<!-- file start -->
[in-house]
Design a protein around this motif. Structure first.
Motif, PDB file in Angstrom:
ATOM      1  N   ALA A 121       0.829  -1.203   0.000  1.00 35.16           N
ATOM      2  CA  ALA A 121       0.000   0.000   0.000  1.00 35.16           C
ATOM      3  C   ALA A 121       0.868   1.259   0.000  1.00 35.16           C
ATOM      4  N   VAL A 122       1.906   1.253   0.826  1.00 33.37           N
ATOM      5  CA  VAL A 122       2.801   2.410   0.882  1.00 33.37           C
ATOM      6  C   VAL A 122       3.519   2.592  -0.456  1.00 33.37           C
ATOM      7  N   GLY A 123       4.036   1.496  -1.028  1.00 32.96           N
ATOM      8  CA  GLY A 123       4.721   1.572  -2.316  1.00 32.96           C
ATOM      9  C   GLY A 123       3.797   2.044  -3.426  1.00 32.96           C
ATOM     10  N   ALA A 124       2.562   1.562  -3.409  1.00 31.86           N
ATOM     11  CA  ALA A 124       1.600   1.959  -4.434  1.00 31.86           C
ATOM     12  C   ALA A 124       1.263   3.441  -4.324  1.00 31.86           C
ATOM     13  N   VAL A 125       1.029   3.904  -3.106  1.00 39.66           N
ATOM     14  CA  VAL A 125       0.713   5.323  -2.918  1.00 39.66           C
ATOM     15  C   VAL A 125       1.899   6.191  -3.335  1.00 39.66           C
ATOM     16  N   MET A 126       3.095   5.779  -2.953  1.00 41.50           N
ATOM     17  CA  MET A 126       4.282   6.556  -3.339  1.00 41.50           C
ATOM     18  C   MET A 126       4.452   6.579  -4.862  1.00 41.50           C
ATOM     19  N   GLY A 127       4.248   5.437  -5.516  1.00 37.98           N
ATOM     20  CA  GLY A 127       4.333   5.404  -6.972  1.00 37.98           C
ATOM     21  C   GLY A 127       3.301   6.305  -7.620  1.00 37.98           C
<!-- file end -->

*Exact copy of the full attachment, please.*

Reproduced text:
[in-house]
Design a protein around this motif. Structure first.
Motif, PDB file in Angstrom:
ATOM      1  N   ALA A 121       0.829  -1.203   0.000  1.00 35.16           N
ATOM      2  CA  ALA A 121       0.000   0.000   0.000  1.00 35.16           C
ATOM      3  C   ALA A 121       0.868   1.259   0.000  1.00 35.16           C
ATOM      4  N   VAL A 122       1.906   1.253   0.826  1.00 33.37           N
ATOM      5  CA  VAL A 122       2.801   2.410   0.882  1.00 33.37           C
ATOM      6  C   VAL A 122       3.519   2.592  -0.456  1.00 33.37           C
ATOM      7  N   GLY A 123       4.036   1.496  -1.028  1.00 32.96           N
ATOM      8  CA  GLY A 123       4.721   1.572  -2.316  1.00 32.96           C
ATOM      9  C   GLY A 123       3.797   2.044  -3.426  1.00 32.96           C
ATOM     10  N   ALA A 124       2.562   1.562  -3.409  1.00 31.86           N
ATOM     11  CA  ALA A 124       1.600   1.959  -4.434  1.00 31.86           C
ATOM     12  C   ALA A 124       1.263   3.441  -4.324  1.00 31.86           C
ATOM     13  N   VAL A 125       1.029   3.904  -3.106  1.00 39.66           N
ATOM     14  CA  VAL A 125       0.713   5.323  -2.918  1.00 39.66           C
ATOM     15  C   VAL A 125       1.899   6.191  -3.335  1.00 39.66           C
ATOM     16  N   MET A 126       3.095   5.779  -2.953  1.00 41.50           N
ATOM     17  CA  MET A 126       4.282   6.556  -3.339  1.00 41.50           C
ATOM     18  C   MET A 126       4.452   6.579  -4.862  1.00 41.50           C
ATOM     19  N   GLY A 127       4.248   5.437  -5.516  1.00 37.98           N
ATOM     20  CA  GLY A 127       4.333   5.404  -6.972  1.00 37.98           C
ATOM     21  C   GLY A 127       3.301   6.305  -7.620  1.00 37.98           C